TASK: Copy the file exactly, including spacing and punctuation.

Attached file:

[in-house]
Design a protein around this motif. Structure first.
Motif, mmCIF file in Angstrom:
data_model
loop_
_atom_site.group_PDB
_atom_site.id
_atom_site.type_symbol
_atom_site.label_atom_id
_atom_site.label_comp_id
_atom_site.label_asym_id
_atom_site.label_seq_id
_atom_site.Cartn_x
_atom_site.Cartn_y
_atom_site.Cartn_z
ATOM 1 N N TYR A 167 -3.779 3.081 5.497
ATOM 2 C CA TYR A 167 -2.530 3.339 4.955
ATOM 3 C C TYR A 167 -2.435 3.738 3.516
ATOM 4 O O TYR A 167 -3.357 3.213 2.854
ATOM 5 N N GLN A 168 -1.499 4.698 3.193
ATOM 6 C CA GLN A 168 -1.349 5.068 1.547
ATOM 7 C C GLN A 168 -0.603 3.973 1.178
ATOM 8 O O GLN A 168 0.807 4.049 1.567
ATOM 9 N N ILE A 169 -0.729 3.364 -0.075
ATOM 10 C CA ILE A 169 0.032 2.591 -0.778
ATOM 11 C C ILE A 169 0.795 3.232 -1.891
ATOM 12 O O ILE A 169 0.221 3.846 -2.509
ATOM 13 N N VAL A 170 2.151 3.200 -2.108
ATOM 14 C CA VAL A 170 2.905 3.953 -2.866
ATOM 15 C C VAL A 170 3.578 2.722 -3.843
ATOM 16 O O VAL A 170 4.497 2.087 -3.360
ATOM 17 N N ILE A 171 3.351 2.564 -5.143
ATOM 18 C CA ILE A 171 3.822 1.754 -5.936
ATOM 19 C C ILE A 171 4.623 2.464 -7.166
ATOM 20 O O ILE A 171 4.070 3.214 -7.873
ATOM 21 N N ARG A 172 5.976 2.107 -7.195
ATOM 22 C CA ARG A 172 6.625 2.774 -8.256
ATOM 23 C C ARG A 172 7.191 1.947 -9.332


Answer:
[in-house]
Design a protein around this motif. Structure first.
Motif, mmCIF file in Angstrom:
data_model
loop_
_atom_site.group_PDB
_atom_site.id
_atom_site.type_symbol
_atom_site.label_atom_id
_atom_site.label_comp_id
_atom_site.label_asym_id
_atom_site.label_seq_id
_atom_site.Cartn_x
_atom_site.Cartn_y
_atom_site.Cartn_z
ATOM 1 N N TYR A 167 -3.779 3.081 5.497
ATOM 2 C CA TYR A 167 -2.530 3.339 4.955
ATOM 3 C C TYR A 167 -2.435 3.738 3.516
ATOM 4 O O TYR A 167 -3.357 3.213 2.854
ATOM 5 N N GLN A 168 -1.499 4.698 3.193
ATOM 6 C CA GLN A 168 -1.349 5.068 1.547
ATOM 7 C C GLN A 168 -0.603 3.973 1.178
ATOM 8 O O GLN A 168 0.807 4.049 1.567
ATOM 9 N N ILE A 169 -0.729 3.364 -0.075
ATOM 10 C CA ILE A 169 0.032 2.591 -0.778
ATOM 11 C C ILE A 169 0.795 3.232 -1.891
ATOM 12 O O ILE A 169 0.221 3.846 -2.509
ATOM 13 N N VAL A 170 2.151 3.200 -2.108
ATOM 14 C CA VAL A 170 2.905 3.953 -2.866
ATOM 15 C C VAL A 170 3.578 2.722 -3.843
ATOM 16 O O VAL A 170 4.497 2.087 -3.360
ATOM 17 N N ILE A 171 3.351 2.564 -5.143
ATOM 18 C CA ILE A 171 3.822 1.754 -5.936
ATOM 19 C C ILE A 171 4.623 2.464 -7.166
ATOM 20 O O ILE A 171 4.070 3.214 -7.873
ATOM 21 N N ARG A 172 5.976 2.107 -7.195
ATOM 22 C CA ARG A 172 6.625 2.774 -8.256
ATOM 23 C C ARG A 172 7.191 1.947 -9.332